Thursday, October 4, 2012

The NAS Dilemma: Blessing, Curse, or Simple Reality? Part II

In my first post on the subject of NAS whiskies, I talked about how some distillers are shifting major parts of their lines towards NAS whiskies, largely under the pressure of increased demand. Here I'd like to talk a bit about a second type of NAS release, the whiskies that have become the trademark of distilleries like Ardbeg over the last ten years. These are often special releases, meant to generate interest in the distillery. Sometimes this came about because the distillery was shuttered for a period of time, leaving a hole in their stocks that makes it difficult to put out a full range of age dated releases. Alternatively, whiskies are labeled NAS so that the distillers can experiment with new maturation techniques.

As I noted, Ardbeg has become the almost undisputed king of the NAS special release. The distillery was founded in 1815 and continued production until it was closed from 1983-1989. Production resumed, though at a low level, until the distillery was bought by Glenmorangie in 1997.

The new ownership began with a release of a 17 year old whisky, which was able to draw on stocks produced before the 1980s closure. At the beginning of the millennium, 10 year old stocks made after production restarted were finally available and a 10 year old was also released. However, the 17 year old expression was dropped back in 2004, leaving the 10 year old as the only regular whisky they put out with a standard age date (there are also occasional releases of 25+ year old whiskies for huge amounts of money). There have been a few vintage releases such as Feis Ile and Airigh Nam Beist special editions, but nearly everything else has been NAS.

The trend caught in 2003 with the release of Uigeadail. This whisky was initially a blend of very old sherry cask Ardbeg from the 1970s combined with much younger bourbon cask whisky from the 1990-1993 period. An age statement would have required them to label it as a 10 year old, even though a significant portion of it came from casks that were 20-30 years old. The idea was to balance out the older, sweeter sherry cask whisky with younger, beefier bourbon cask malt. And the results have garnered a lot of praise.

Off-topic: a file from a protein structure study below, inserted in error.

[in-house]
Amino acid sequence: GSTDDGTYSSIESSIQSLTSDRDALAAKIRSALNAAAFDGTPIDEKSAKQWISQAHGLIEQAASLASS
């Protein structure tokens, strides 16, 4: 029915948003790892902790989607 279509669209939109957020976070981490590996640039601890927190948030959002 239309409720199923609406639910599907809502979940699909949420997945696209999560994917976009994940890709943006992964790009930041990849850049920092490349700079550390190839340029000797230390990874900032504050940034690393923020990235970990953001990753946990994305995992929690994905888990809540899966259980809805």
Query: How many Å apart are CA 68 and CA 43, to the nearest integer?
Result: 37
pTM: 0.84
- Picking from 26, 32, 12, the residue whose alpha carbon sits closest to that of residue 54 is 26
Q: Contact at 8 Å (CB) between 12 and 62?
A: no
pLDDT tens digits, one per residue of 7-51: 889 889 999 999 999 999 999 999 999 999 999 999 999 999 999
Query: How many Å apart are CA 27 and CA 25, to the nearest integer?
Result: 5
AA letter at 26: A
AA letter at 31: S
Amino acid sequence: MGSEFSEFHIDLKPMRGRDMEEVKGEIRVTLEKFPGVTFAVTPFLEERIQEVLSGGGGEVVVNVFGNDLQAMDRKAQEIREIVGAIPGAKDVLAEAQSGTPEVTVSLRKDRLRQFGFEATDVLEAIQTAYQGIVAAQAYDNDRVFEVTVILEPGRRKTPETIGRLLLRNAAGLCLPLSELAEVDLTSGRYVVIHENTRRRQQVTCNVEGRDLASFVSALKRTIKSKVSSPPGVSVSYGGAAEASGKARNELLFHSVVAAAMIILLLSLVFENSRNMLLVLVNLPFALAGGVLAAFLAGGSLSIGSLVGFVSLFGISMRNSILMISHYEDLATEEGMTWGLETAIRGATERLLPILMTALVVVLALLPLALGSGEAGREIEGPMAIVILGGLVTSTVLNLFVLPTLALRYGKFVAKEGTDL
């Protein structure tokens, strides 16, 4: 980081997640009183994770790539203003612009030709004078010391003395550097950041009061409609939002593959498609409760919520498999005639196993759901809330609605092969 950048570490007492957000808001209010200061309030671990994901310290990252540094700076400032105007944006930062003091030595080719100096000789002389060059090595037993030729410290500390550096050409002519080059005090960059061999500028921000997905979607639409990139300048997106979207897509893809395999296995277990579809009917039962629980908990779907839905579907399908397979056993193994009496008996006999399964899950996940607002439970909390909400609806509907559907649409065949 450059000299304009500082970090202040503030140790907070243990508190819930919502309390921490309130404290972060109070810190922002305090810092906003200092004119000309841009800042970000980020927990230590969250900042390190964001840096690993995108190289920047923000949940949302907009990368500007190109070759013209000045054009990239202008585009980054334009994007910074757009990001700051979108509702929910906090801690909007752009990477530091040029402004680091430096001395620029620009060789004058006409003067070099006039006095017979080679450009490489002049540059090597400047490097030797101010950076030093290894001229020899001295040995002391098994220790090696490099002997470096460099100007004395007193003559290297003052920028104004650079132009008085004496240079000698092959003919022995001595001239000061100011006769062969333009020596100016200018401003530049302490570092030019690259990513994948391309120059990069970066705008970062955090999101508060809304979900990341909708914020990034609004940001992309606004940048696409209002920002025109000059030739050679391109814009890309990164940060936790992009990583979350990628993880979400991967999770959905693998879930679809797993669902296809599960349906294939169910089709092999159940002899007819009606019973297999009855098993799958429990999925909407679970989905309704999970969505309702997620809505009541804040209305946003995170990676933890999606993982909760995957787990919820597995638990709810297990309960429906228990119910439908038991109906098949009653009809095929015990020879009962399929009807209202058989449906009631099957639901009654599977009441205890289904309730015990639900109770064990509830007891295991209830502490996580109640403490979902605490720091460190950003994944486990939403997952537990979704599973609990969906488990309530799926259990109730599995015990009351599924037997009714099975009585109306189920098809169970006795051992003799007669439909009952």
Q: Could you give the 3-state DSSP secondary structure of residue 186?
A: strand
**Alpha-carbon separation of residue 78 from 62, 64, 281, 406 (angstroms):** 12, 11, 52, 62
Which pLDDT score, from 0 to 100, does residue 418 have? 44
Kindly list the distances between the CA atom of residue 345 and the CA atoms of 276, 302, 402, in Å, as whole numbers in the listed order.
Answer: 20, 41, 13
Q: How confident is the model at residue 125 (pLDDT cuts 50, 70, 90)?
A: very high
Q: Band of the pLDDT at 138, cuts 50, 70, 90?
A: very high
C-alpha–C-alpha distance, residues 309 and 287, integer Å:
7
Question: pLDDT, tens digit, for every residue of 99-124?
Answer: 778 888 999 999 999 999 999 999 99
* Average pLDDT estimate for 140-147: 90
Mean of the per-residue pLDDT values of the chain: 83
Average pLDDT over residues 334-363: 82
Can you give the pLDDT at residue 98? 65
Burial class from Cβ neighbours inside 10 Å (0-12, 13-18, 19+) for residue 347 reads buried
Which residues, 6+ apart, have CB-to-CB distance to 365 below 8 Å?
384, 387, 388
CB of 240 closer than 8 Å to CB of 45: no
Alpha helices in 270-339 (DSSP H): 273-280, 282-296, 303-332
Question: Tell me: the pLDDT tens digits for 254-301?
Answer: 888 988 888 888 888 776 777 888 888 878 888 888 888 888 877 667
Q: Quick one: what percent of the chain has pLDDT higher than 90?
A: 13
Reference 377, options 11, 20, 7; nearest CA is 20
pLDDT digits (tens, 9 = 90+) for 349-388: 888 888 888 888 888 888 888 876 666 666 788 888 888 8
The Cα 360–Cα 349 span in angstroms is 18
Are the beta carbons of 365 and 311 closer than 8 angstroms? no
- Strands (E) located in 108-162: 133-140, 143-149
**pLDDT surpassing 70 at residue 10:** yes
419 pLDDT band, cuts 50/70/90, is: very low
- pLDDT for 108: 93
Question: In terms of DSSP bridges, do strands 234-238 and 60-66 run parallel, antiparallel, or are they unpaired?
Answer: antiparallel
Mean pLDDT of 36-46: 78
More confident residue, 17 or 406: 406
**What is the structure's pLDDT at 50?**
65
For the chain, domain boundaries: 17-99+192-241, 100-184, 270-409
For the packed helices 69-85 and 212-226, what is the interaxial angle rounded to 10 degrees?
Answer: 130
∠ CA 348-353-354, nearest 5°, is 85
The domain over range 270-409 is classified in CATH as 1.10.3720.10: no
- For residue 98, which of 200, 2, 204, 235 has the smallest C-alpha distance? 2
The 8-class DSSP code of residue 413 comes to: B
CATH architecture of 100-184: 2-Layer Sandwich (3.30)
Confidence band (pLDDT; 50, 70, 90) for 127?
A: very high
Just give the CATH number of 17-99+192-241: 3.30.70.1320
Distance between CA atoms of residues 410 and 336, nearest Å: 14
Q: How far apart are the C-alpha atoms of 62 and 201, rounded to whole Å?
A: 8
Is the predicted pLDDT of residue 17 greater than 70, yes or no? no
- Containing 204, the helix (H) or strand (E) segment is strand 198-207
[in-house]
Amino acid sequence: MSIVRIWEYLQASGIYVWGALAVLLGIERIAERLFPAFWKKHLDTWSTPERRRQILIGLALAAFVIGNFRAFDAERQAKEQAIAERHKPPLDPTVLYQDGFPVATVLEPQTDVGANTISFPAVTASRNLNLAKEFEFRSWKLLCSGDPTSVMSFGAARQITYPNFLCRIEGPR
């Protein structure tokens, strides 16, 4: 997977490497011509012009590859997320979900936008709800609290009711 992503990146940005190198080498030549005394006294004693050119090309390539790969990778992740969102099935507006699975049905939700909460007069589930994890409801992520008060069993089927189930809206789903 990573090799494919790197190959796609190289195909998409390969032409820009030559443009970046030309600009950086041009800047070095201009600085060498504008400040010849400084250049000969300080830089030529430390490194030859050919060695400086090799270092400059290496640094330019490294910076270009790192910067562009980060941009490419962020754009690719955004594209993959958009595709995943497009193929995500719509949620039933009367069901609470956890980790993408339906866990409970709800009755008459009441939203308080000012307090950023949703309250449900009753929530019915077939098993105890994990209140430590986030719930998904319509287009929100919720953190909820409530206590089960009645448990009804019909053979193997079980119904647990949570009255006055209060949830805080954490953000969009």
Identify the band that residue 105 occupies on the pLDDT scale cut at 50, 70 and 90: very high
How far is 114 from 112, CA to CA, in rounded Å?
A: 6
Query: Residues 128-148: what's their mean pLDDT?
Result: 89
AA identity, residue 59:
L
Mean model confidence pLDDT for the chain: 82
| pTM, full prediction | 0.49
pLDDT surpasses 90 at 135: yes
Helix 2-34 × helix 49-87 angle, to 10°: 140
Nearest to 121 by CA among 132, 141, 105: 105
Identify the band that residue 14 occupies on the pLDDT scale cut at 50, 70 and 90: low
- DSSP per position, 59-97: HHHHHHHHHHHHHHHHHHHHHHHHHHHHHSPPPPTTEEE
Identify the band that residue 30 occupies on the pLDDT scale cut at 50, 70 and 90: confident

Since then Ardbeg has put out a bevy of NAS releases including:

Corryvrecken - a replacement for the vintage-dated Airigh Nam Beist
Blasda - a nominally unpeated Ardbeg (though a fair bit of peatiness crept in simply because their stills are likely full of the stuff)
Supernova - an extremely peated whisky clocking in at 100 ppm
•Rollercoaster - a vatting of whiskies from the first ten years of Glenmorangie ownership
Alligator - whisky aged in barrels charred to the point where the oak takes on the appearance of alligator skin
•Day - 8, 9, and 12 year old whiskies finished in sherry casks for 6 months, released for Ardbeg Day in 2012
•Gallileo - commemorating an experiment sending samples of Ardbeg whisky up into space, this was a vatting of ex-bourbon and ex-marsala cask whiskies

Ardbeg's marketing machine is second to none and sales of these special additions has been robust to say the least. Many have acquired "collectable" status, being snapped up and resold on the secondary market for significantly more than their MSRP. However, this means that it's very difficult to find anything other than the now standard 10 YO, Uigeadail, and Corryvrecken releases on store shelves.